MHA’s priority legislation on workplace safety was the subject of a hearing before the Joint Committee on Labor & Workforce Development last Tuesday.
S1093: An Act Requiring Health Care Facilities to Develop & Implement Programs to Prevent Workplace Violence would require Massachusetts to develop and monitor new statewide standards for evaluating and addressing security risks in hospitals, and would require hospitals to implement safety programs – including employee trainings – based on the new standards. It would also require: a written violence prevention plan developed in conjunction with employees; an in-house crisis response team for employee-victims of workplace violence; regular reporting of all assault and assault and battery incidents to the Department of Public Health and local district attorneys; and a process to facilitate more robust information sharing between healthcare providers and public safety officials. The proposal will allow increased penalties to be imposed on those who assault caregivers, and establishes support for employees who are pursuing legal action related to violent incidents.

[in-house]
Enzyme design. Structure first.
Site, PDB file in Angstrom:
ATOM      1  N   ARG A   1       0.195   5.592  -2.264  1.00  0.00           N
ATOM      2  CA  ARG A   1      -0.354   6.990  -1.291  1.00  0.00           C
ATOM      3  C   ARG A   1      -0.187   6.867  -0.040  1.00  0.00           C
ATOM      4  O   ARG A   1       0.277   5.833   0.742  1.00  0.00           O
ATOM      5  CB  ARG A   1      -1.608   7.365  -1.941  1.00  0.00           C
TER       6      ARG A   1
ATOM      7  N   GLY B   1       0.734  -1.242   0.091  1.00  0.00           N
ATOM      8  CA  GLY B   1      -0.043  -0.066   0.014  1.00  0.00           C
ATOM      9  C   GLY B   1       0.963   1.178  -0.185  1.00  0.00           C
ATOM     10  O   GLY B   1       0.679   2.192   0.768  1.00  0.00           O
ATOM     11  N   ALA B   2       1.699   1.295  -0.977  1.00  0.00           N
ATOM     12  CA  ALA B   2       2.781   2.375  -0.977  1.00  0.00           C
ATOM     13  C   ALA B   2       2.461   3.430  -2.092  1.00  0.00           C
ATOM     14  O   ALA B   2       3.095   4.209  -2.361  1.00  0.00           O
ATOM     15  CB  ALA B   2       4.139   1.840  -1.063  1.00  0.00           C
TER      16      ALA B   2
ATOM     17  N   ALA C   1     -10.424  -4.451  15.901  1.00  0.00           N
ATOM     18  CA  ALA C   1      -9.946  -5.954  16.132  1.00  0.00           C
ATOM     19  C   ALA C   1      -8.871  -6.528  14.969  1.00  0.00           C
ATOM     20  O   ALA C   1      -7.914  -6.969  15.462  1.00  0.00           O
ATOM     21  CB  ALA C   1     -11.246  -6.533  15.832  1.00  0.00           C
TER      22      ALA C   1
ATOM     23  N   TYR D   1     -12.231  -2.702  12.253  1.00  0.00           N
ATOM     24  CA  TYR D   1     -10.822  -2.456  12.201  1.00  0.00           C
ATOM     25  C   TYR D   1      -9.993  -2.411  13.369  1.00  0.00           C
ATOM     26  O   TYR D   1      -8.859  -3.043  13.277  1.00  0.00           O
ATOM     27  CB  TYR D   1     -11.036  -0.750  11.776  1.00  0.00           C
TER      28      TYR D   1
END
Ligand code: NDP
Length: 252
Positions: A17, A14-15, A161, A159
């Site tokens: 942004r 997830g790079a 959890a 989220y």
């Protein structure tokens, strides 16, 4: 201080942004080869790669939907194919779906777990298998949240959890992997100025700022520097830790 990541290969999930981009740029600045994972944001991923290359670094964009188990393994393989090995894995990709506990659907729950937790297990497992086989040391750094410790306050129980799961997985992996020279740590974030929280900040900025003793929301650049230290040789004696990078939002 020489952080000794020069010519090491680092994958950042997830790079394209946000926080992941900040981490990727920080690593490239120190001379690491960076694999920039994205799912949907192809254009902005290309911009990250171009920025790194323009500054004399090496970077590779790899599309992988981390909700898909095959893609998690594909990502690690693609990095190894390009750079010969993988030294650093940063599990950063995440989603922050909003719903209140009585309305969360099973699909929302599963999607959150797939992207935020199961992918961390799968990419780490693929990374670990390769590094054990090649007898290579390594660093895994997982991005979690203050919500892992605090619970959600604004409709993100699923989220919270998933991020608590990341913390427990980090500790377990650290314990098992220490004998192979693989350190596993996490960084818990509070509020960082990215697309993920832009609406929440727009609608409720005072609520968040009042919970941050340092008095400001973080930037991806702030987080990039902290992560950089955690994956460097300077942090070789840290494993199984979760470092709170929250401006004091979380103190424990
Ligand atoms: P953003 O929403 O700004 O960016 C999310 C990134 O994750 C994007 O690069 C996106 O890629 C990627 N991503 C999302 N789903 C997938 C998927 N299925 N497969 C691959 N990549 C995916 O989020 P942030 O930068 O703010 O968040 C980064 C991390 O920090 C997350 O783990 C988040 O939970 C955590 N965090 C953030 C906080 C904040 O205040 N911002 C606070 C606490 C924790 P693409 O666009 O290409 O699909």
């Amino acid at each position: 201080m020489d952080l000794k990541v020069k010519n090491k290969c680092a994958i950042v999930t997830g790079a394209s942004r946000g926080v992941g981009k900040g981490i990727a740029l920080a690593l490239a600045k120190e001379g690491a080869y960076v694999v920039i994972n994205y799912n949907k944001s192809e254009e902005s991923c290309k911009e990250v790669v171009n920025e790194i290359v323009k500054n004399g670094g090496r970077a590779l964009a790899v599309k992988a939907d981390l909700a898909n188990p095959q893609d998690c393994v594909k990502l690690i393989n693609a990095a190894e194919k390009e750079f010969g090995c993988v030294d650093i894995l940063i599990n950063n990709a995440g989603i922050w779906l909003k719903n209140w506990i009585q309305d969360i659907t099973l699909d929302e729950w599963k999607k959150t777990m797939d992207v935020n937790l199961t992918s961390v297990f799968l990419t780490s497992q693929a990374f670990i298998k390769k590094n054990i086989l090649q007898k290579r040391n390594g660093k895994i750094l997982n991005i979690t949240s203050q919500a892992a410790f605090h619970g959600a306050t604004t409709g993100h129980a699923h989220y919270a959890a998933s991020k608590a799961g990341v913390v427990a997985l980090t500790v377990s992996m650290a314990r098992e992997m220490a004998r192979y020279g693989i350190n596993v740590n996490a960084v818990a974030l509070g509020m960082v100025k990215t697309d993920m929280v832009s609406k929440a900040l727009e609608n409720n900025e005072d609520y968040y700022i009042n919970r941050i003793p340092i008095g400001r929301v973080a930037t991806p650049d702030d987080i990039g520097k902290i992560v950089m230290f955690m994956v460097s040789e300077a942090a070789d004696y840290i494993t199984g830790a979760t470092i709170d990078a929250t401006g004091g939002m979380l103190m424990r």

The bill’s primary sponsor is Sen. Jason M. Lewis (D-Winchester). The House version of the bill (H1976), sponsored by Rep. Michael J. Moran (D- Boston), is slated to be taken up by the Joint Committee on Public Health later this year.
“Hospitals throughout the commonwealth have well-established, stringent policies and procedures in place to address workplace violence, with oversight from state and federal accreditation bodies and regulators,” MHA said in a statement. “These efforts are constantly updated to reflect the latest input from safety and enforcement experts and best practices from around the nation, and these ongoing efforts – including consideration of additional tools such as those required under S1093 – are both necessary and appropriate.”
Working with the American Society for Healthcare Engineering and the International Association for Healthcare Security & Safety, Massachusetts hospitals have adopted staff training programs designed to de-escalate security situations before they erupt. In addition, hospitals continue to enhance workplace injury and violence event reporting, including routine debriefing with senior management on incidents and support for employees. These collective efforts are all aimed at continually improving hospital policies, practices, and supportive outreach in an era of constantly evolving threats.